Ronald W. Bailey (Northeastern University): … A group of stu­dents get together and design a corporation and sometimes they can actually come away with capital to invest in that cor­po­ra­tion. I think that’s useful, because we could do that with our stu­dents in African American Studies. I tend to have students at the end of the semester work on group projects, so we could have stu­dents ac­tual­ly develop plans for interventions in terms of com­munity needs. … I think that’s very helpful in terms of this applied notion of Black Studies. I have students look at health dis­pa­rities issues, and so on, and what would be an intervention that [they] would propose? I think it’s also useful if we think about that with Afro-Studies in relationship to the business school. We could get students in the bus­iness school to come in and design some community-based economic enterprise. Our students in en­gi­neer­ing at Northeastern actually designed a bridge, and built a bridge to address the needs in terms of access to parts of the com­mu­nity. There are a lot of philanthropies now and investors that want to do social projects.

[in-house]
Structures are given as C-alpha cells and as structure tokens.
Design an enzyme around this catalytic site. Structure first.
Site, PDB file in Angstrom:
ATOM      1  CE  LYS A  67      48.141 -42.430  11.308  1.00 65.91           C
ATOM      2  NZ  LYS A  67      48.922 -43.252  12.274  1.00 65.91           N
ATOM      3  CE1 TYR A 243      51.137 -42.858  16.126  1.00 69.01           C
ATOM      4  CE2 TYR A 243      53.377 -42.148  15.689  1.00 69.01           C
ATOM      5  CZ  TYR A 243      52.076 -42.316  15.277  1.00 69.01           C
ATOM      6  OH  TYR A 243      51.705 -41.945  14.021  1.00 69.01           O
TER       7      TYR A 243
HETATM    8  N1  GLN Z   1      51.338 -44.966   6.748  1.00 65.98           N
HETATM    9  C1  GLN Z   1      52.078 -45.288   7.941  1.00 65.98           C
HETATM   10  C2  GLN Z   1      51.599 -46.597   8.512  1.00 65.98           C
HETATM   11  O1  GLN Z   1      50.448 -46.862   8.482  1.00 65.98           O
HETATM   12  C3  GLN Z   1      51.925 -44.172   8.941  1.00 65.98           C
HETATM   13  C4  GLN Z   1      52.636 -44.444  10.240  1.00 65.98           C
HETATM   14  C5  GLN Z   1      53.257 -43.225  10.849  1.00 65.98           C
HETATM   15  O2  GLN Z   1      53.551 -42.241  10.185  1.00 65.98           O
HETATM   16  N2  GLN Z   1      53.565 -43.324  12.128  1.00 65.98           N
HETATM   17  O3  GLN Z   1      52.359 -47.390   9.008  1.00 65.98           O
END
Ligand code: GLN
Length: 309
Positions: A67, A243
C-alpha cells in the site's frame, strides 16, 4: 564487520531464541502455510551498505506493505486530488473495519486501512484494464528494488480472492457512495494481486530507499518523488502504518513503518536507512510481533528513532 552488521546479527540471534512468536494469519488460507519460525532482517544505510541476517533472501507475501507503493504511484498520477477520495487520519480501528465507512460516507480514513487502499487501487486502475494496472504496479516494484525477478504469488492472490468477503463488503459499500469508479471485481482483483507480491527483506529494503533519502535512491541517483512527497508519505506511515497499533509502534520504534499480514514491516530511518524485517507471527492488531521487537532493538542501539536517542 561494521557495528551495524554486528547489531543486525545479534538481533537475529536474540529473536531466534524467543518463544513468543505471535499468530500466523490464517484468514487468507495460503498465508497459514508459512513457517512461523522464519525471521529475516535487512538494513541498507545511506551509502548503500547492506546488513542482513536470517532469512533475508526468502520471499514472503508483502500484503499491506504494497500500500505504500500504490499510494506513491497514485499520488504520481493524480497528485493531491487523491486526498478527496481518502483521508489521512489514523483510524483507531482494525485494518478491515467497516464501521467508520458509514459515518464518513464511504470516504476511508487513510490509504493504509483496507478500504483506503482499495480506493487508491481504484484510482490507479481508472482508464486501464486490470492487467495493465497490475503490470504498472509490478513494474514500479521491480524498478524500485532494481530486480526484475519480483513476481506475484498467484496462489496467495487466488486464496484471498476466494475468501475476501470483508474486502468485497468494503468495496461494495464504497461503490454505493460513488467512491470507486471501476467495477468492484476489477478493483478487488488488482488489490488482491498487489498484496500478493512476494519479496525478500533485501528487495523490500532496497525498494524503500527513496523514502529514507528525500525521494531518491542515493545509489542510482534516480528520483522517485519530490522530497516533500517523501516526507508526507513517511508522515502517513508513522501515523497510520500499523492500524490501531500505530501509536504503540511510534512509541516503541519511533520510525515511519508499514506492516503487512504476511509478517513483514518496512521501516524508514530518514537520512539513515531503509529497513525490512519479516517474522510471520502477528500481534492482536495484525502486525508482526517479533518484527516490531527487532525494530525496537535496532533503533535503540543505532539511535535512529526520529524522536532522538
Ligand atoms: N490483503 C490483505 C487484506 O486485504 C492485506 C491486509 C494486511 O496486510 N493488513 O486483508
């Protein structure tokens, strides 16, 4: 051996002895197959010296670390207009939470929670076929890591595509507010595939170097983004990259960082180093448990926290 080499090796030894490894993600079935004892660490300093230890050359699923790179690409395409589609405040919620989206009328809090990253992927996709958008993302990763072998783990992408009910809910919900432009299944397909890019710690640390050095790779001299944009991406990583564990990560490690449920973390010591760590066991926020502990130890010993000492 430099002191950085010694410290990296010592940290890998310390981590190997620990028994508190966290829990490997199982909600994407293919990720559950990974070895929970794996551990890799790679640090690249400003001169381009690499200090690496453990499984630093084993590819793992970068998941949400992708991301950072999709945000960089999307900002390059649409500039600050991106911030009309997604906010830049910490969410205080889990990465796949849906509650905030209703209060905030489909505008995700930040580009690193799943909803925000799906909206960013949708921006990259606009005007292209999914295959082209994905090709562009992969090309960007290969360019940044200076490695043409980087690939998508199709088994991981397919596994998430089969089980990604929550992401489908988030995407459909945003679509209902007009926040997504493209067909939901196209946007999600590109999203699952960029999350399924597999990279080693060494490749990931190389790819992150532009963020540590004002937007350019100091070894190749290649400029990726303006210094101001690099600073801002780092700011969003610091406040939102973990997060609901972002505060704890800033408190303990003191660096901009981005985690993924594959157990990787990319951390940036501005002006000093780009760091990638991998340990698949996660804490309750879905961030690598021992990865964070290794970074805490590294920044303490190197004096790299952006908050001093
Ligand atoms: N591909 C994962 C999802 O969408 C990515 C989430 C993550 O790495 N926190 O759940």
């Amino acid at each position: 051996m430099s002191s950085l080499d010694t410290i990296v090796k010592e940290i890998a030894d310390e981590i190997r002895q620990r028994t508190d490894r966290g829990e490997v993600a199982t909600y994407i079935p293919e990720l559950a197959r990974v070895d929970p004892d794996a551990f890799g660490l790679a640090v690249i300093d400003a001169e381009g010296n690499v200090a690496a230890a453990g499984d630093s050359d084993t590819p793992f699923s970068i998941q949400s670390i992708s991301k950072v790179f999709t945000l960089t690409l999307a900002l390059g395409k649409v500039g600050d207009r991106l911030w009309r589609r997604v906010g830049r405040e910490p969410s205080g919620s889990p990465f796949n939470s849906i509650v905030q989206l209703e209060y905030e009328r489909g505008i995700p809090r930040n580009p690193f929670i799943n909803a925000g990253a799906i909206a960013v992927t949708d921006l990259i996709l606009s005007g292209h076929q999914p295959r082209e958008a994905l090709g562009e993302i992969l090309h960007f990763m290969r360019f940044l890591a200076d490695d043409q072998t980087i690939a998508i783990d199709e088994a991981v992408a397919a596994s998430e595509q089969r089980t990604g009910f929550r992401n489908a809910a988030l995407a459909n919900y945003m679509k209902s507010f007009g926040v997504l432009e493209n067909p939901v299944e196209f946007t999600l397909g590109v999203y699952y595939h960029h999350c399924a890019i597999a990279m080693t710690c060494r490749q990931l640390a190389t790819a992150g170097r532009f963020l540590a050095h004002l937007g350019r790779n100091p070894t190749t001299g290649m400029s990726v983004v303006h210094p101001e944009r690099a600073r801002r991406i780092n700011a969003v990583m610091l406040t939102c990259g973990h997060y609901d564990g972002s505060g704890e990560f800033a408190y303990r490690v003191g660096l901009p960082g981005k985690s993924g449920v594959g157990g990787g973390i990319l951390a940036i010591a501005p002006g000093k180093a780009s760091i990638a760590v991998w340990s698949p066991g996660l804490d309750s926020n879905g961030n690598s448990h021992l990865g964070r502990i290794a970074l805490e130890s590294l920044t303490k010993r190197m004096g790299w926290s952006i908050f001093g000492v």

Irma McClaurin (Ford Foundation): [Panelists’ presenta­tions] were provocative. We’ve got a changing landscape in higher education. We also have ideas about how one can sort of innovate in terms of the position of Black Studies within the academy. And then sort of a different model in terms of thinking about what is an ad­min­is­trator. Is it really just sort of a functional kind of task of do­ing cer­tain kinds of things, or does it involve the sort of in­tel­lec­tual agenda as well?


Question Eight Discussion Copyright © 2018 by marilyn m. thomas-houston. All Rights Reserved.